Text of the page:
OOPs: Last Day in the Life (A Day in the Life, Part #2)

By Carol Somplatsky-Jarman

Monday, December 14:  Twenty percent.  Our specially appointed delegate has gone to the Bella Center to the specially appointed place, to pick up the specially prepared sealed envelope with the specially prepared second passes.  Twenty-one: that is the number of WCC delegation members who will be allowed in the Bella Center.

We think that Monday may be our last day in the Bella Center and attending events, so we want to make the most of it. We prepare our plan:  At 11:00, the WCC event with CARITAS International, “Faith-based Approaches to Climate Justice,” (this is our WCC delegation’s event, so we will be there). There is an update at the U.S. Center where Dr. Steven Chu, Secretary of Energy, will announce a new initiative to promote clean energy technologies to help developing countries.  At 3:00, 350.org is sponsoring “Faith and Climate Change from a Youth Perspective.”  International CAN and US CAN (both very important for sharing intelligence on who-knows-what-from-what-official-delegation-member), Fossil of the Day award at 6:00pm, church delegation meeting.  We will try to get to as many events today as we can.

There are two ways to the Bella Center, either by special COP 15 bus (which stops right outside our hotel), or by metro, which is a ten-minute walk at the Copenhagen Central train station. 

As we prepare to leave the hotel, buzz, buzz, buzz, there is an email flash announcing that the police have closed the Copenhagen metro station at the Bella Center.  No one can arrive or depart from that station.  Too bad for folks that need to travel by this method (we will find later in the day that this has not deterred people, many of whom go to the next station and walk the ¾ mile back to the Bella Center).  This is OK for us since the special bus is our best transportation.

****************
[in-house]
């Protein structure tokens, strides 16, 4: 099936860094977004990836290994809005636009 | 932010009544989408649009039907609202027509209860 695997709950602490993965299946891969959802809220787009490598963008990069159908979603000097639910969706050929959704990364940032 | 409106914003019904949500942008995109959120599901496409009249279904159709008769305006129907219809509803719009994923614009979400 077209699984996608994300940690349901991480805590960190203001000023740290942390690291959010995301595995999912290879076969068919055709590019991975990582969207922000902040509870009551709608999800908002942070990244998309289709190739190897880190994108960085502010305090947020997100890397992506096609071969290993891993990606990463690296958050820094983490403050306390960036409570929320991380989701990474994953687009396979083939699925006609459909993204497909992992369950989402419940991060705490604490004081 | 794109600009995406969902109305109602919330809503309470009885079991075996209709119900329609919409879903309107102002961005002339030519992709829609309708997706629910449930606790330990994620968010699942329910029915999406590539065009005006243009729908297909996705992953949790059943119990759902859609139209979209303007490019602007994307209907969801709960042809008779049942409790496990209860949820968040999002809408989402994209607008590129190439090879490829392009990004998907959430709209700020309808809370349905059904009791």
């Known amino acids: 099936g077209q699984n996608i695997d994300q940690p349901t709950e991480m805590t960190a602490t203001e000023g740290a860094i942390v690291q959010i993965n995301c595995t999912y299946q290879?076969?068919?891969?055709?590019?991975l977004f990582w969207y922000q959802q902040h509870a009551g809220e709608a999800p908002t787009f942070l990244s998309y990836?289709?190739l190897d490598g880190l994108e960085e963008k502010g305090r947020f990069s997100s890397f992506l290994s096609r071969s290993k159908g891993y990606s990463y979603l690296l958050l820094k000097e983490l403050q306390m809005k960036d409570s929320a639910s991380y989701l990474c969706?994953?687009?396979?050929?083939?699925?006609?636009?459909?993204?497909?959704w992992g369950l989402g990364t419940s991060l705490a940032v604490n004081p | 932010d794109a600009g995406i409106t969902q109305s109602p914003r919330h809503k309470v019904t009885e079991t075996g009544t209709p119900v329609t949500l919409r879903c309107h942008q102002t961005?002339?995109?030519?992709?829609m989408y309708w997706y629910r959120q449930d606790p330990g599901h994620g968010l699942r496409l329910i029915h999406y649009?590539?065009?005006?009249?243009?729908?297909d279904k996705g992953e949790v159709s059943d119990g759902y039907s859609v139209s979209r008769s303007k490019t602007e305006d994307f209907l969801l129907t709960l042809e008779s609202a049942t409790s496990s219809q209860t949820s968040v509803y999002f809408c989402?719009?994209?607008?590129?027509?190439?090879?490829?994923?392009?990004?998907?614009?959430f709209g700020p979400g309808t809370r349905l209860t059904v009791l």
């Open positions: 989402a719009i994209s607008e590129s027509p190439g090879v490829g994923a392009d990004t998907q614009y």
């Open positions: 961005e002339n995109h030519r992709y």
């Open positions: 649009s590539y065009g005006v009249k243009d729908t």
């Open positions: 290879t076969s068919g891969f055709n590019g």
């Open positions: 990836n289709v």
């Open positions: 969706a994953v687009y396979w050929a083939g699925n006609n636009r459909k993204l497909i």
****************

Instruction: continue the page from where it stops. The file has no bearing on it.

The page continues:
10:45am:  We arrive at the Center ½ hour later and to find the registration line is now over 600 people and several hours long (about half snaking their way from the bus stop, and the other half from the metro station).  Too bad for them; lucky for us.  Our digital passes receive their first check, and we go right through the doors and into the security check. Since virtually all lines are open, we are through in five minutes. 

Soon we are in the center and in our seats at our WCC side event.  It is always good to arrive early.  The event rooms usually contain 150-200 seats, and most events end up being standing-room-only.  

NOON:  At noon, and still in the meeting, buzz, buzz, there is another email flash announcing that the Bella Center has reached its 15,000 person capacity and has been closed by police.  OOPs, too bad for all those people still waiting in line.  Is this true?  Is this a rumor? 

2:00pm:  It is 2:00pm, and we arrive at the International CAN meeting.  Buzz, buzz, and another email flash.  The UN Secretariat has released new information about building access, and there will be more restrictions and more special badges.  By Friday, you will need at least three passes to get in (the two previously mentioned, and a third which will permit just 90 NGO members to enter).  The first special badge for use on Tuesday and Wednesday will allow just 7,000 NGO people to attend.  Another will be issued for Thursday, which will allow just 1,000 people to attend (1/7 of the delegations’ numbers on Tuesday and Wednesday).  By Friday, this number is reduced to 90, approximately one percent of the registered NGO participants.  OOPs. 

Leave a Reply

  • (will not be published)